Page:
Thursday, December 31, 2015

The early church on military service

Great post on the early Christian view on war over at Christianity Today's Books and Culture section. Read the whole thing, but here's a brief summary:
Indeed, there is very little basis in the texts for describing the early Christian view as "divided and ambiguous." There are no authors who argue that killing or joining the military is permissible for Christians. On these questions, every writer who mentions the subject takes essentially the same position. Some pre-Constantinian Christian writers say more about these topics than others. Some do not discuss them at all. But to conclude from this relative silence or paucity of some surviving texts that other writers disagreed with the extant texts would be sheer speculation. The texts we have do not reflect any substantial disagreement. Every extant Christian statement on killing and war up until the time of Constantine says Christians must not kill, even in war.
I need to get that book The Early Church on Killing: A Comprehensive Sourcebook on War, Abortion, and Capital Punishment.
The Early Church on Killing

HT: Jim Eisenbraun

Well-ordered militia?

I’m convinced the inflammatory language of talk show hosts have caused the rise of armed militias in America, which have tripled in number in 2009, growing 245 percent. In March of last year [2011] nine members of the “Christian militia” in Michigan were arrested for plotting to kill law enforcement officers, whom they said are “the foot soldiers of the federal government.” They had hoped their actions would spark a national uprising. These “Christians” are members of only one of the 512 armed militias and hate groups in the country.—America and Its Guns: A Theological Expose, page 50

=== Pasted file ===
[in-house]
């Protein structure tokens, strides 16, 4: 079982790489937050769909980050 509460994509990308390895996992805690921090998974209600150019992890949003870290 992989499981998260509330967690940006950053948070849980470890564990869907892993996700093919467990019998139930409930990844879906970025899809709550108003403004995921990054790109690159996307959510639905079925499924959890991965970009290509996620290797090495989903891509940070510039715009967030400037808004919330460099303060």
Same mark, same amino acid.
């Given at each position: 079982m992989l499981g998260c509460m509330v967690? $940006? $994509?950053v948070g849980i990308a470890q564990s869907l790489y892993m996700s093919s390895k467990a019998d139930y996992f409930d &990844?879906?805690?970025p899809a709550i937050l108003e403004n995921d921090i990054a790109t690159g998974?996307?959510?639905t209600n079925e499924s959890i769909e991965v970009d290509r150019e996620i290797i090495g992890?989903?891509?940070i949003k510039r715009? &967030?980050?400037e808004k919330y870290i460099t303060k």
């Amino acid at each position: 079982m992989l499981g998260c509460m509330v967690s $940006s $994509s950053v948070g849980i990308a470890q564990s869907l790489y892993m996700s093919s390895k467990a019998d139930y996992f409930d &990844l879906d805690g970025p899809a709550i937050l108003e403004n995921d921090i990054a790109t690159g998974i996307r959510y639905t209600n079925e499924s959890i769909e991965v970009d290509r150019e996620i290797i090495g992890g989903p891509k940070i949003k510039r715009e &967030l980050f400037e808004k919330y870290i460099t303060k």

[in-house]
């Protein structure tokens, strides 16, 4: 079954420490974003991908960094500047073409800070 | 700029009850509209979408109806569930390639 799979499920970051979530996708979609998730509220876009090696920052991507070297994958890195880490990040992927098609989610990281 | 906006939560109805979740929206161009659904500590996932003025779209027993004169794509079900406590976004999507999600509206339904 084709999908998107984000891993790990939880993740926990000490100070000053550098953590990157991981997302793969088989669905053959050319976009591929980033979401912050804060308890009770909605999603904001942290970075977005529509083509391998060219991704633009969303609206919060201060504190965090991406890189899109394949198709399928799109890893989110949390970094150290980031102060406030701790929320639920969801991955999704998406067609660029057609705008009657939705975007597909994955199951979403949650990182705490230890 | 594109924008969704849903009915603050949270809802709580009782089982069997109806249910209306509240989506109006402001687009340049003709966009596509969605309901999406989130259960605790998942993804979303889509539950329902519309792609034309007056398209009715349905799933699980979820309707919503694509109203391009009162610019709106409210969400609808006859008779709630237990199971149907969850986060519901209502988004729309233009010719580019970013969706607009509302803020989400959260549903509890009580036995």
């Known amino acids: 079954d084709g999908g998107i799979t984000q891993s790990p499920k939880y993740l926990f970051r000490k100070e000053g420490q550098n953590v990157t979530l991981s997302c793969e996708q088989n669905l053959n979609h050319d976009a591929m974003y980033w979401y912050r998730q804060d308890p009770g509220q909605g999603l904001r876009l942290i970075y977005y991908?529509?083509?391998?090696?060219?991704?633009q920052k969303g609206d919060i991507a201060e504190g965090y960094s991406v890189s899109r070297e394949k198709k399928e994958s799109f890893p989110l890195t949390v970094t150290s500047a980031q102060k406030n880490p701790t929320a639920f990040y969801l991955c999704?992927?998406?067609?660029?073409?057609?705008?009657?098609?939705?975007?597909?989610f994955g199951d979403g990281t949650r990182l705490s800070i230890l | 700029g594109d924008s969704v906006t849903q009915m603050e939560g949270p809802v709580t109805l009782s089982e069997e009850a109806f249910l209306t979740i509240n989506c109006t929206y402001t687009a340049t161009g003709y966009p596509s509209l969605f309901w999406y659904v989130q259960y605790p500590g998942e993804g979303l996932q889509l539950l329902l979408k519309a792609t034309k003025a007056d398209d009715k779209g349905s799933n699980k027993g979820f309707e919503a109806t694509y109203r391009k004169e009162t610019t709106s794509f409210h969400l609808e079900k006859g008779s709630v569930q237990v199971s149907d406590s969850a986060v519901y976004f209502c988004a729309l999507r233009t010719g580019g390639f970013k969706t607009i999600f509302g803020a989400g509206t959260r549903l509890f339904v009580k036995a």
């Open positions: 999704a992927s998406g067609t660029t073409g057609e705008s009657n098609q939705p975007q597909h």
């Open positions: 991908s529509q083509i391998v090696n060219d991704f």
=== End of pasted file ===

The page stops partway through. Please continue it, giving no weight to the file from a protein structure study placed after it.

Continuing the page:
<idle musing>
"A well-ordered militia" indeed! If they were Islamic, they'd be called terrorists, but they're white, male, Protestant, so they are just patriots, right?

</idle musing>

Wednesday, December 30, 2015

Yes, Virginia, the words we use DO matter

[After a 2 ½ page listing of gun-related slang, the author says this:] Colloquial British English has but a few words and phrases that refer to guns, violence, and killing. I’ve been told neither the French nor the Spanish languages employ such a large volume of violent terms in their every-day conversations.—America and Its Guns: A Theological Expose, page 48


The words we use are not neutral. It’s commonplace to hear a family member say, “I’m so angry I could shoot you,” or “She made me so mad I could kill her.” Small children, the mentally ill, as well as intelligent, gentle people are influenced by such words. Could violence be so much a part of our culture that we are totally unaware of the explosive power of the words we speak?—America and Its Guns: A Theological Expose, page 48

<idle musing>
Indeed. As I said before, metaphors and words influence how we react. Read Lakoff and Johnson's marvelous Metaphors We Live By. It's an eye-opener.
</idle musing>

Tuesday, December 29, 2015


Some act as if violence is only an incidental facet of human personality and like a light switch, we can turn it on or off, depending on our needs or whims. Not so. Violence is a pervasive spirit that touches and affects everything we do and everything we are. It is a spirit loose in the world and like the genie that escapes, it cannot be crammed back into the bottle where we can keep it out of sight and out of mind. Violence captivates, thrills, and fascinates us, and it starts beguiling us early in life, often when we hear our first boom and watch the first victim fall. Having the power to dominate others is fascinating and addictive. It gives us a thrill even if we are just pretending.—America and Its Guns: A Theological Expose, page 43

<idle musing>
Boom! and you're addicted. It's too true—and only the power of the Holy Spirit can set us free. But, before we can be set free, we have to want to be set free—no, scratch that. We have to realize that we aren't free! And, again, that is by the power of the Holy Spirit.

Even so, come Lord Jesus! Come and set your people free!
</idle musing>

Monday, December 28, 2015

But it's just a movie...